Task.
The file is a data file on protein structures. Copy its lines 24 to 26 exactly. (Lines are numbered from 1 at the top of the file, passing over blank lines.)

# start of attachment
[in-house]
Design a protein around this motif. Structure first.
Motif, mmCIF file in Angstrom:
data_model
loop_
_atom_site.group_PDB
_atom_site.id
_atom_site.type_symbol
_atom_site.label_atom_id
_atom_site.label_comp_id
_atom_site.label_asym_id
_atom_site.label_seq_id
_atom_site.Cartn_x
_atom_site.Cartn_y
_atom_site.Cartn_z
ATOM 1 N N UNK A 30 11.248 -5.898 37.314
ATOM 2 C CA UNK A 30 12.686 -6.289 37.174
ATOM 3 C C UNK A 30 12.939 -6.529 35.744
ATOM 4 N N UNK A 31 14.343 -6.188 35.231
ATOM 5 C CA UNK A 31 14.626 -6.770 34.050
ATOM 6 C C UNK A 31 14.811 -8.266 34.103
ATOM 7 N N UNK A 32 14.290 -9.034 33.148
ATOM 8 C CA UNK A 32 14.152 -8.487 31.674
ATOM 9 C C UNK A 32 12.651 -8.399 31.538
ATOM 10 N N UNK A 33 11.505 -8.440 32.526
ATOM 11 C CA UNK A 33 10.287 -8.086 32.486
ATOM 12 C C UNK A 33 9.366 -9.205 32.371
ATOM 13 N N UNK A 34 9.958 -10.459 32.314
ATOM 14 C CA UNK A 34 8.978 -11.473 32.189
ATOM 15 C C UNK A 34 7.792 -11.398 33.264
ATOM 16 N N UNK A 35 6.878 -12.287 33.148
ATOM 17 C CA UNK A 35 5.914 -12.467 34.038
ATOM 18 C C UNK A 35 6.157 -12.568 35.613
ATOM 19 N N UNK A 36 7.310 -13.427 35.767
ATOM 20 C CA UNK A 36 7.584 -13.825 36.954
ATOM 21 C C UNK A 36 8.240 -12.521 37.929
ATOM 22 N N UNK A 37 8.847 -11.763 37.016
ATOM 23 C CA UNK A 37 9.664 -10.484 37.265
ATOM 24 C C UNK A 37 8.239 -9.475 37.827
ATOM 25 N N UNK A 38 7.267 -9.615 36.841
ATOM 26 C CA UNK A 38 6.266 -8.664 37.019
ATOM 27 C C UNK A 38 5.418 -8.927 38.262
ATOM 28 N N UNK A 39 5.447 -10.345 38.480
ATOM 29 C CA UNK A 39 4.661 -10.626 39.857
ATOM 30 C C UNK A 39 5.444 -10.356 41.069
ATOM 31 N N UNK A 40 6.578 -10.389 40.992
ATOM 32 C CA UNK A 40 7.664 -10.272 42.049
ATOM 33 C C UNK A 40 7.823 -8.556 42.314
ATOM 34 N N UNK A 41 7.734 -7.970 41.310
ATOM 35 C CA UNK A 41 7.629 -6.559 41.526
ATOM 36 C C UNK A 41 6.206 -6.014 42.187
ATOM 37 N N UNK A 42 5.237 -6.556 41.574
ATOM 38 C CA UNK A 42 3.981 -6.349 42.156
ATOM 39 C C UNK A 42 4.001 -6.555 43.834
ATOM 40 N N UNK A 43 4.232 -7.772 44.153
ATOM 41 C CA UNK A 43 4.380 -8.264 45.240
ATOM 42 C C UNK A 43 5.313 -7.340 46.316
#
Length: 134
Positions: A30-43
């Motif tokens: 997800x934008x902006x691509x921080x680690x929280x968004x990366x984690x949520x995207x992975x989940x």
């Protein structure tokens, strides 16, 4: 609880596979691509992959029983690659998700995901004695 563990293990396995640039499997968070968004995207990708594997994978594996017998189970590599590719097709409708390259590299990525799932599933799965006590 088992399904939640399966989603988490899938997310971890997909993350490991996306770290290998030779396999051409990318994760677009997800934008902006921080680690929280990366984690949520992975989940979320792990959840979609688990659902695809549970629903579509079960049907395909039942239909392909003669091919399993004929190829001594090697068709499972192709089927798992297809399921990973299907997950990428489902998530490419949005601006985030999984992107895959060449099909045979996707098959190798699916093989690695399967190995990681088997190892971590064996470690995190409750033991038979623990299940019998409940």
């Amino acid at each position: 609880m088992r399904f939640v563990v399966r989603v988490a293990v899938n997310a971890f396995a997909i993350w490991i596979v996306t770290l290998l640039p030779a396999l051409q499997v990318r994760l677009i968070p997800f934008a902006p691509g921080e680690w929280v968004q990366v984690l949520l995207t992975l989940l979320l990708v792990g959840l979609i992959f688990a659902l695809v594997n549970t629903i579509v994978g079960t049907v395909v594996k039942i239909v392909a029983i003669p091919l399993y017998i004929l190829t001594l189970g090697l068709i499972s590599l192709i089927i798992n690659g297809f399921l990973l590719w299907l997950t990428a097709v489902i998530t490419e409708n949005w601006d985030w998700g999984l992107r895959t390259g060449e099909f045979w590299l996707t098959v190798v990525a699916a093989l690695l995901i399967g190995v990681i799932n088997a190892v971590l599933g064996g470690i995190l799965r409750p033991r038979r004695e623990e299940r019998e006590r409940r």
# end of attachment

ATOM 9 C C UNK A 32 12.651 -8.399 31.538
ATOM 10 N N UNK A 33 11.505 -8.440 32.526
ATOM 11 C CA UNK A 33 10.287 -8.086 32.486